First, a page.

What does it mean to you to be closer to the cross? We often think about that question in terms of our relationship with Christ, and that’s a great way to think about it. But what about the people who were close to the cross at the crucifixion? Think of it this way: if you had been there two thousand years ago, why would you have been there? How would witnessing the events of the cross have affected you, and how should it affect all of us who wear the name of Christ?
Prepared for the Cross
We know that Jesus was prepared for the cross, and He tried to prepare His followers as well. He prepared through doing the work of the Father. He kept the end of His journey forefront in Him mind. In the hours leading up to the crucifixion, our Savior was sleep-deprived and distraught, but He knew what had to be done to overcome. He was determined.
As we now look at the accounts of the cross, think about where you are spiritually and where you might have been when Jesus was on the cross. Would you have been a mere onlooker, or might you have been there as a follower? If you had been there as a follower, would you have been prepared? How would these events have affected you if you were as faithful then as you are today?
Luke 23:32 – 49
Two others — criminals — were also led away to be executed with Him. When they arrived at the place called The Skull, they crucified Him there, along with the criminals, one on the right and one on the left. Then Jesus said, “Father, forgive them, because they do not know what they are doing.” And they divided His clothes and cast lots.
The people stood watching, and even the leaders kept scoffing: “He saved others; let Him save Himself if this is God’s Messiah, the Chosen One!” The soldiers also mocked Him. They came offering Him sour wine and said, “If You are the King of the Jews, save Yourself!”
An inscription was above Him: This is the King of the Jews.
Then one of the criminals hanging there began to yell insults at Him: “Aren’t You the Messiah? Save Yourself and us!”
But the other answered, rebuking him: “Don’t you even fear God, since you are undergoing the same punishment? We are punished justly, because we’re getting back what we deserve for the things we did, but this man has done nothing wrong.” Then he said, “Jesus, remember me when You come into Your kingdom!”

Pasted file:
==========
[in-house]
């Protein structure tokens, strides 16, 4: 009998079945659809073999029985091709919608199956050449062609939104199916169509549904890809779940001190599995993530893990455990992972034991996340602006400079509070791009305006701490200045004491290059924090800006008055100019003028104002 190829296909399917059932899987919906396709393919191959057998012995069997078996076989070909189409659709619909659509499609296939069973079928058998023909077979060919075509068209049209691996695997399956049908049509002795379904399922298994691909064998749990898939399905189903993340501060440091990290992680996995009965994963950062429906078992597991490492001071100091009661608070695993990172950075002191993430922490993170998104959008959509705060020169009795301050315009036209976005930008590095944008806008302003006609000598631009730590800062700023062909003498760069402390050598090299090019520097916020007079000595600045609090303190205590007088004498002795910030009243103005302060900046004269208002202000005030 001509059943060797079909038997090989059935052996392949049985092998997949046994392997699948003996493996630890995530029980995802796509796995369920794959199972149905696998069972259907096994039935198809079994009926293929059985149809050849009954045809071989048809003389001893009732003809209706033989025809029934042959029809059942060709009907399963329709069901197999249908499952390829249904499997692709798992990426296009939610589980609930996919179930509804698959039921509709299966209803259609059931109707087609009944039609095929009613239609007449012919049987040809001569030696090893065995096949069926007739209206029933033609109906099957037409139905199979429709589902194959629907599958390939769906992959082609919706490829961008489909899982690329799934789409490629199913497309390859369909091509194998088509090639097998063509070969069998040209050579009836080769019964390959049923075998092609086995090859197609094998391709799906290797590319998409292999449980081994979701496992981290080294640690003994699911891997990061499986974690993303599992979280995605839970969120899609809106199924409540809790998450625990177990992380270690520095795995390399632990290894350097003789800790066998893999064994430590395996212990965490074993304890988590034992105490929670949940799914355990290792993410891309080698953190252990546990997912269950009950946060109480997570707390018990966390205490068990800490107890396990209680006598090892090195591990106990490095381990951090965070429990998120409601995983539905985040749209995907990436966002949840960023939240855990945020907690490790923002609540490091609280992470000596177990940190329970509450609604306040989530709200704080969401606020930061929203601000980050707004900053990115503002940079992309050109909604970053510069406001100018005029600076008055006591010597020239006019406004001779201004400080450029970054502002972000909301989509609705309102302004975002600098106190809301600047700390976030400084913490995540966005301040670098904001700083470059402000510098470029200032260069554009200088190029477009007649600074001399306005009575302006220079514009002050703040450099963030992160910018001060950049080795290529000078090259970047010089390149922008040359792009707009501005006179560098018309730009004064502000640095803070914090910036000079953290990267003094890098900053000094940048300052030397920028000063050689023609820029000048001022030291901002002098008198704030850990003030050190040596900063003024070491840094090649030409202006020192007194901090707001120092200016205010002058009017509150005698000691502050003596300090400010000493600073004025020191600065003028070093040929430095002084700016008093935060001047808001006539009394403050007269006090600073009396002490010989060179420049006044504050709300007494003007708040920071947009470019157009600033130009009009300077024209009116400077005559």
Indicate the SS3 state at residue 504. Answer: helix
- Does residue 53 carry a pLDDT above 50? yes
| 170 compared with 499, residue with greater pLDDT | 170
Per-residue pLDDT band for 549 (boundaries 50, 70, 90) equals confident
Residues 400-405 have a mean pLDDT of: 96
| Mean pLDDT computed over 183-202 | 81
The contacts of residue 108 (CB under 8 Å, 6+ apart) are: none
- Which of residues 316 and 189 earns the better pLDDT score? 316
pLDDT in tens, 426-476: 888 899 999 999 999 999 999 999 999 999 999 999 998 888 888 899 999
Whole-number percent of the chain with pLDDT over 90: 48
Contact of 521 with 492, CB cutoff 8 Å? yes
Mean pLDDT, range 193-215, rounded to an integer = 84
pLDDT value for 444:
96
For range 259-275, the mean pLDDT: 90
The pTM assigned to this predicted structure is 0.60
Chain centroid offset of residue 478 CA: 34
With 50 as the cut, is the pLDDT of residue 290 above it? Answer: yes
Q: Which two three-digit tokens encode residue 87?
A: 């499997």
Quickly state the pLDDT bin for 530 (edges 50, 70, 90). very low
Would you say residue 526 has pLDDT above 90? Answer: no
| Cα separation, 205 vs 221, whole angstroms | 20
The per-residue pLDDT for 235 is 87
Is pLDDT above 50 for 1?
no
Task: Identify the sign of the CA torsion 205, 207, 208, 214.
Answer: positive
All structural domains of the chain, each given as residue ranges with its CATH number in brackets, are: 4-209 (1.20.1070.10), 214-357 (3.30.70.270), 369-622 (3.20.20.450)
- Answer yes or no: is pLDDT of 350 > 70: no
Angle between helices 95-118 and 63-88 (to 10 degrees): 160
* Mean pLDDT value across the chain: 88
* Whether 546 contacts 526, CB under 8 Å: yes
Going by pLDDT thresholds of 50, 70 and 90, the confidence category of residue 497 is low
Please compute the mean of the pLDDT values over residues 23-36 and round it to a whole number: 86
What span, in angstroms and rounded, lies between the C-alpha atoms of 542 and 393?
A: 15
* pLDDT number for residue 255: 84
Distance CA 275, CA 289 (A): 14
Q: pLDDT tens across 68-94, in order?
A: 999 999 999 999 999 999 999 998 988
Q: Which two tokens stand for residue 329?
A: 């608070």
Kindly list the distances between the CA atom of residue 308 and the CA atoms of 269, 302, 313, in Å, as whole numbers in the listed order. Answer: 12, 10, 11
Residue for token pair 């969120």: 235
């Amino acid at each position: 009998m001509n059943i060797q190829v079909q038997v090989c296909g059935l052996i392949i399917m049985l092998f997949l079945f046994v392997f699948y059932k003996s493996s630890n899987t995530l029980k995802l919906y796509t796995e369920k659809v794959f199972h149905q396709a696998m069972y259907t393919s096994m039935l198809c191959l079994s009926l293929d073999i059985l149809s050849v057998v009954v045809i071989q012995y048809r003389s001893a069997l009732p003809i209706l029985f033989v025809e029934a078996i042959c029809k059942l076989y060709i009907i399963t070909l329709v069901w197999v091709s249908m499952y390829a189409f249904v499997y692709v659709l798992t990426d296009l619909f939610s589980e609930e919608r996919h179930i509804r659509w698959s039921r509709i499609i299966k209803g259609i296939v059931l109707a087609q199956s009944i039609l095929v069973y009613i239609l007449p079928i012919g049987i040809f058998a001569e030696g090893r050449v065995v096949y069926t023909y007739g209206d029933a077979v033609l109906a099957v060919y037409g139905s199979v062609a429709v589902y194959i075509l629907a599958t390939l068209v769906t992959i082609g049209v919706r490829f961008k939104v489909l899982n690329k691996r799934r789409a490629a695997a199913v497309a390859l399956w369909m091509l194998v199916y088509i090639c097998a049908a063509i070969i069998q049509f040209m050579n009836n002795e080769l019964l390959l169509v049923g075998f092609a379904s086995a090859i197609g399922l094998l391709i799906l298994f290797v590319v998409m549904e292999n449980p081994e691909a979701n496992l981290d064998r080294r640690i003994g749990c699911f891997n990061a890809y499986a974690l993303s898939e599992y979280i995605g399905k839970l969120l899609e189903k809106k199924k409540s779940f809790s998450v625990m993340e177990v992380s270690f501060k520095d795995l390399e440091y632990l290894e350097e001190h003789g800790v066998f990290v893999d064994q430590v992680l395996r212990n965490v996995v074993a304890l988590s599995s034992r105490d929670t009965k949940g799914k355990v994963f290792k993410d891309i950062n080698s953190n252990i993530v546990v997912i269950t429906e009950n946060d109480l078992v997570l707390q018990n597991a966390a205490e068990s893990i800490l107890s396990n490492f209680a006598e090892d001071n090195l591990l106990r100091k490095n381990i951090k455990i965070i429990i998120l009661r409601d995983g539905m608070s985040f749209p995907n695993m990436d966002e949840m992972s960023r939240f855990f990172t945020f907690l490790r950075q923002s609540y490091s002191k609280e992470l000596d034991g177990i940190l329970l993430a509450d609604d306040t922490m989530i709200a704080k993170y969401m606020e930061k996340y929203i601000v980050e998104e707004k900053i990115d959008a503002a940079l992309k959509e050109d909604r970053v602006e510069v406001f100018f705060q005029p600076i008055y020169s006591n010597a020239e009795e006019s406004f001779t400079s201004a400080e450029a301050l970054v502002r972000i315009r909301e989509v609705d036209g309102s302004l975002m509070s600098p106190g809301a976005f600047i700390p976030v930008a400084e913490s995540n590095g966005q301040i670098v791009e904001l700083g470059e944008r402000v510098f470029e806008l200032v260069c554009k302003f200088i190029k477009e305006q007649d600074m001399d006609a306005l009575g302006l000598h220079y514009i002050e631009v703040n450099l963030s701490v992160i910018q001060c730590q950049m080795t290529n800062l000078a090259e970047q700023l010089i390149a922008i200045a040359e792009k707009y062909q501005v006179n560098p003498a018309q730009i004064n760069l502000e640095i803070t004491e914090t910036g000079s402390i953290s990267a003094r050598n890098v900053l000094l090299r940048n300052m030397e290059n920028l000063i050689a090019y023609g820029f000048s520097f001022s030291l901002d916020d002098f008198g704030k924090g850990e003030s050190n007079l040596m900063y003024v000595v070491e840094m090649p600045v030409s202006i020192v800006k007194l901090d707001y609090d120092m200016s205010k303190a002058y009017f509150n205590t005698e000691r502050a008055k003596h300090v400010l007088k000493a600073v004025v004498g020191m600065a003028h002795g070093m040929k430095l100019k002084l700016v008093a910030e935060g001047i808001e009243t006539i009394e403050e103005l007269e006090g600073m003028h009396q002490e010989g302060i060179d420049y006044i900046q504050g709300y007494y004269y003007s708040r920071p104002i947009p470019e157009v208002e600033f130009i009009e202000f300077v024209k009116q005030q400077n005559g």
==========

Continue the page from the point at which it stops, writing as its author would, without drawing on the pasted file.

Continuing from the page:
And He said to him, “I assure you: Today you will be with Me in paradise.”
John 19:23 – 37
When the soldiers crucified Jesus, they took His clothes and divided them into four parts, a part for each soldier. They also took the tunic, which was seamless, woven in one piece from the top. So they said to one another, “Let’s not tear it, but cast lots for it, to see who gets it.” They did this to fulfill the Scripture that says: They divided My clothes among themselves, and they cast lots for My clothing. And this is what the soldiers did.
Standing by the cross of Jesus were His mother, His mother’s sister, Mary the wife of Clopas, and Mary Magdalene. When Jesus saw His mother and the disciple He loved standing there, He said to His mother, “Woman, here is your son.” Then He said to the disciple, “Here is your mother.” And from that hour the disciple took her into his home.
After this, when Jesus knew that everything was now accomplished that the Scripture might be fulfilled, He said, “I’m thirsty!” A jar full of sour wine was sitting there; so they fixed a sponge full of sour wine on hyssop and held it up to His mouth.